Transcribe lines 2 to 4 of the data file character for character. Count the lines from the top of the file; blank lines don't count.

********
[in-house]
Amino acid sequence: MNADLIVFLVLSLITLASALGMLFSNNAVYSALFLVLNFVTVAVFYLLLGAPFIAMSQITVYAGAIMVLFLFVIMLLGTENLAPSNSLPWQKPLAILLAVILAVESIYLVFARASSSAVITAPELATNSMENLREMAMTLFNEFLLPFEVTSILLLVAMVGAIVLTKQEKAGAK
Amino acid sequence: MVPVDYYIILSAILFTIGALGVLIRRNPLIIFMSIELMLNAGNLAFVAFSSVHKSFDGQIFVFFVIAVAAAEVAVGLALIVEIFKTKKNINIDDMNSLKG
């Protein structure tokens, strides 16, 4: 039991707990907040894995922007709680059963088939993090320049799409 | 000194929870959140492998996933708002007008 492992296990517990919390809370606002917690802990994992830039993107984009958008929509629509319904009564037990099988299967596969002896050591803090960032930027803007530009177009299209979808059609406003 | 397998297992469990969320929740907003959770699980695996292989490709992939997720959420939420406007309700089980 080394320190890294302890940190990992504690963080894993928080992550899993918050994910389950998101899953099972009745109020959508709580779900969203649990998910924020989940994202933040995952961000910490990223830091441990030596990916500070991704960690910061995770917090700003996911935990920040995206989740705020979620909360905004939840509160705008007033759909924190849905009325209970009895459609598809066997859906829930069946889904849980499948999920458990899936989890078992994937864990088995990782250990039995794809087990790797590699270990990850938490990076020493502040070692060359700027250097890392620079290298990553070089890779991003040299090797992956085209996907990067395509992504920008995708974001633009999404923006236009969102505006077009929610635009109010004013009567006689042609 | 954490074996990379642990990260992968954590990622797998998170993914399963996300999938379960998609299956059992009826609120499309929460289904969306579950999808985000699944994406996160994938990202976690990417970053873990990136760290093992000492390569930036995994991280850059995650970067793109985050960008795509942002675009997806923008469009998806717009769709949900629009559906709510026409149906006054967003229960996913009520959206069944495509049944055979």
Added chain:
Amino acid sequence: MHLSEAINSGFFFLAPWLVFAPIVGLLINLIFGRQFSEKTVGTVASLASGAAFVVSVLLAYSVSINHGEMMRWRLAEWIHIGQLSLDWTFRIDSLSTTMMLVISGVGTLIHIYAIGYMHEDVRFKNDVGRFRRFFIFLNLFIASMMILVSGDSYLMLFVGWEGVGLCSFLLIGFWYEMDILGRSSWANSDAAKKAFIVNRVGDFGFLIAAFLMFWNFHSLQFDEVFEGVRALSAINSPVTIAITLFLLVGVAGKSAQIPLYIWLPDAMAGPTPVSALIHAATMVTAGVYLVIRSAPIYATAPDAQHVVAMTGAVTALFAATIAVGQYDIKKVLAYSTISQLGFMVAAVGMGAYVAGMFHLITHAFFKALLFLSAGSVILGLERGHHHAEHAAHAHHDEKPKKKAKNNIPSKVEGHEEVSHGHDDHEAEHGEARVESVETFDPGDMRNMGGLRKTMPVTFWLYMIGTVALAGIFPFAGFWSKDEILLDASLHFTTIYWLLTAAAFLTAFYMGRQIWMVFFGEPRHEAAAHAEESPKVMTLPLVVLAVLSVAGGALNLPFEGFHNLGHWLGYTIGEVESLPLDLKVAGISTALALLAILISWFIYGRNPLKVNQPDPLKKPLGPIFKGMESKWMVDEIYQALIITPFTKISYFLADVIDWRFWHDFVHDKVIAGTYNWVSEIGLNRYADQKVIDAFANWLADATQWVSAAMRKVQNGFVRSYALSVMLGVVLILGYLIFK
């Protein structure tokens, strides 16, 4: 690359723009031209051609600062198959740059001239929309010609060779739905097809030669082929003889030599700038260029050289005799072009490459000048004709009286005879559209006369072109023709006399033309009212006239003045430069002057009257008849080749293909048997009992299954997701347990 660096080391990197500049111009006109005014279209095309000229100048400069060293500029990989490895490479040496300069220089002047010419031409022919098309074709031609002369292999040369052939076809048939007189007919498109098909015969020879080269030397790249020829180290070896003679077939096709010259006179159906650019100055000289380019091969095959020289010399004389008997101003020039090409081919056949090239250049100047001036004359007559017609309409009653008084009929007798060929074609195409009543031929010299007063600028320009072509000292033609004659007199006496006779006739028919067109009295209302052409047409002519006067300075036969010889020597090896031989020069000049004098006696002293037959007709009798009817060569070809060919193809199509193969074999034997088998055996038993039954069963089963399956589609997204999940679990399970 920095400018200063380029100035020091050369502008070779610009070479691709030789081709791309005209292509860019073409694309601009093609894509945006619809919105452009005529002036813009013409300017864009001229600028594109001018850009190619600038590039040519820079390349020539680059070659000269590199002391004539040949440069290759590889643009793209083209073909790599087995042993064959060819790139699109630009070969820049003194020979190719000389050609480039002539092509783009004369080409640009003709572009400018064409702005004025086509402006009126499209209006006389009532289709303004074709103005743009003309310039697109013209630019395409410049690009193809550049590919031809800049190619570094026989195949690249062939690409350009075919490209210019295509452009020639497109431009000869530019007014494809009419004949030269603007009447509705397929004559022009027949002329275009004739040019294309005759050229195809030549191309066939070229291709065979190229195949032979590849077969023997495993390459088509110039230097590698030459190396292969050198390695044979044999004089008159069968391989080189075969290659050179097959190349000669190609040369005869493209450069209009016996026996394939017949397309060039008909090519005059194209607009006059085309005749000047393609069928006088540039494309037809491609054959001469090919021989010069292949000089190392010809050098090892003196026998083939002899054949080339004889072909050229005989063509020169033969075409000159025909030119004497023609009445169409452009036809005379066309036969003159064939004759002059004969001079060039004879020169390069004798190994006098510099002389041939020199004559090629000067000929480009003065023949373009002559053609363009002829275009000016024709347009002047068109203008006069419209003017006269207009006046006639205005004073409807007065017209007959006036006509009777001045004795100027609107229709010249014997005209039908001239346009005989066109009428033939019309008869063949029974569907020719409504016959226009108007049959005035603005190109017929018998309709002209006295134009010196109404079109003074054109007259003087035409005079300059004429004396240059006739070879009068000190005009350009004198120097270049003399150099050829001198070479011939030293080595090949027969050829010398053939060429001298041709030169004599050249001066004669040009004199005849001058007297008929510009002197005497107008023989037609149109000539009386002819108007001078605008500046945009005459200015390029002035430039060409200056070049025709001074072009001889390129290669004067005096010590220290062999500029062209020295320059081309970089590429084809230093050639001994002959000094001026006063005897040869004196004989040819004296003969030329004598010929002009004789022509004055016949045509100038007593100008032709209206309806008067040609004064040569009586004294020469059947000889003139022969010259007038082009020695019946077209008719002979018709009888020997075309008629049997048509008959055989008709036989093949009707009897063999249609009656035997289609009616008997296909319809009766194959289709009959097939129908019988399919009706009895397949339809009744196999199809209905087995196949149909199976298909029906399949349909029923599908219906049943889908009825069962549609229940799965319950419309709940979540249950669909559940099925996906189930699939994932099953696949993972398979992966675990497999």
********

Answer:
Amino acid sequence: MNADLIVFLVLSLITLASALGMLFSNNAVYSALFLVLNFVTVAVFYLLLGAPFIAMSQITVYAGAIMVLFLFVIMLLGTENLAPSNSLPWQKPLAILLAVILAVESIYLVFARASSSAVITAPELATNSMENLREMAMTLFNEFLLPFEVTSILLLVAMVGAIVLTKQEKAGAK
Amino acid sequence: MVPVDYYIILSAILFTIGALGVLIRRNPLIIFMSIELMLNAGNLAFVAFSSVHKSFDGQIFVFFVIAVAAAEVAVGLALIVEIFKTKKNINIDDMNSLKG
């Protein structure tokens, strides 16, 4: 039991707990907040894995922007709680059963088939993090320049799409 | 000194929870959140492998996933708002007008 492992296990517990919390809370606002917690802990994992830039993107984009958008929509629509319904009564037990099988299967596969002896050591803090960032930027803007530009177009299209979808059609406003 | 397998297992469990969320929740907003959770699980695996292989490709992939997720959420939420406007309700089980 080394320190890294302890940190990992504690963080894993928080992550899993918050994910389950998101899953099972009745109020959508709580779900969203649990998910924020989940994202933040995952961000910490990223830091441990030596990916500070991704960690910061995770917090700003996911935990920040995206989740705020979620909360905004939840509160705008007033759909924190849905009325209970009895459609598809066997859906829930069946889904849980499948999920458990899936989890078992994937864990088995990782250990039995794809087990790797590699270990990850938490990076020493502040070692060359700027250097890392620079290298990553070089890779991003040299090797992956085209996907990067395509992504920008995708974001633009999404923006236009969102505006077009929610635009109010004013009567006689042609 | 954490074996990379642990990260992968954590990622797998998170993914399963996300999938379960998609299956059992009826609120499309929460289904969306579950999808985000699944994406996160994938990202976690990417970053873990990136760290093992000492390569930036995994991280850059995650970067793109985050960008795509942002675009997806923008469009998806717009769709949900629009559906709510026409149906006054967003229960996913009520959206069944495509049944055979």